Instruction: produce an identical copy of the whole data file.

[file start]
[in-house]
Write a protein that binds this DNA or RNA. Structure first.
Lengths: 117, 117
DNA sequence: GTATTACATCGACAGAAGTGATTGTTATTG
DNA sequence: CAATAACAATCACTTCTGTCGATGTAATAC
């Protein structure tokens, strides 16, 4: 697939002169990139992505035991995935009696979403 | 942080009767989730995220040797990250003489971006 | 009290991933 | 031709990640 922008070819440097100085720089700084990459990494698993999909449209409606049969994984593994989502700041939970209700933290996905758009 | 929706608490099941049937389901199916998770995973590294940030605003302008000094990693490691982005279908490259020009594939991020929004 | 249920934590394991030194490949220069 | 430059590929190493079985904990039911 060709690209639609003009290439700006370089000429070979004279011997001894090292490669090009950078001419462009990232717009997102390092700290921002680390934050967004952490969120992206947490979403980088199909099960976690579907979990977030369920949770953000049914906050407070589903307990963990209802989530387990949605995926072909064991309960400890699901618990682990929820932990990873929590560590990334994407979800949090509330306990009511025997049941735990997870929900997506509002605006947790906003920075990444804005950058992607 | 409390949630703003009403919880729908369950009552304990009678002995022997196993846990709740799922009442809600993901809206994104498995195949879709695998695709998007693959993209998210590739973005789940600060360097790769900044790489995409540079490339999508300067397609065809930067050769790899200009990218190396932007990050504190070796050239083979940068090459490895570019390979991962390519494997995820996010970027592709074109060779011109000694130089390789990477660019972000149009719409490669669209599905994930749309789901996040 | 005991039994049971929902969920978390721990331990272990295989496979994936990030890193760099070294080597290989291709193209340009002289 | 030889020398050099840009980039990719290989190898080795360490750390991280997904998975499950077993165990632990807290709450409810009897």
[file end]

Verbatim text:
[in-house]
Write a protein that binds this DNA or RNA. Structure first.
Lengths: 117, 117
DNA sequence: GTATTACATCGACAGAAGTGATTGTTATTG
DNA sequence: CAATAACAATCACTTCTGTCGATGTAATAC
């Protein structure tokens, strides 16, 4: 697939002169990139992505035991995935009696979403 | 942080009767989730995220040797990250003489971006 | 009290991933 | 031709990640 922008070819440097100085720089700084990459990494698993999909449209409606049969994984593994989502700041939970209700933290996905758009 | 929706608490099941049937389901199916998770995973590294940030605003302008000094990693490691982005279908490259020009594939991020929004 | 249920934590394991030194490949220069 | 430059590929190493079985904990039911 060709690209639609003009290439700006370089000429070979004279011997001894090292490669090009950078001419462009990232717009997102390092700290921002680390934050967004952490969120992206947490979403980088199909099960976690579907979990977030369920949770953000049914906050407070589903307990963990209802989530387990949605995926072909064991309960400890699901618990682990929820932990990873929590560590990334994407979800949090509330306990009511025997049941735990997870929900997506509002605006947790906003920075990444804005950058992607 | 409390949630703003009403919880729908369950009552304990009678002995022997196993846990709740799922009442809600993901809206994104498995195949879709695998695709998007693959993209998210590739973005789940600060360097790769900044790489995409540079490339999508300067397609065809930067050769790899200009990218190396932007990050504190070796050239083979940068090459490895570019390979991962390519494997995820996010970027592709074109060779011109000694130089390789990477660019972000149009719409490669669209599905994930749309789901996040 | 005991039994049971929902969920978390721990331990272990295989496979994936990030890193760099070294080597290989291709193209340009002289 | 030889020398050099840009980039990719290989190898080795360490750390991280997904998975499950077993165990632990807290709450409810009897």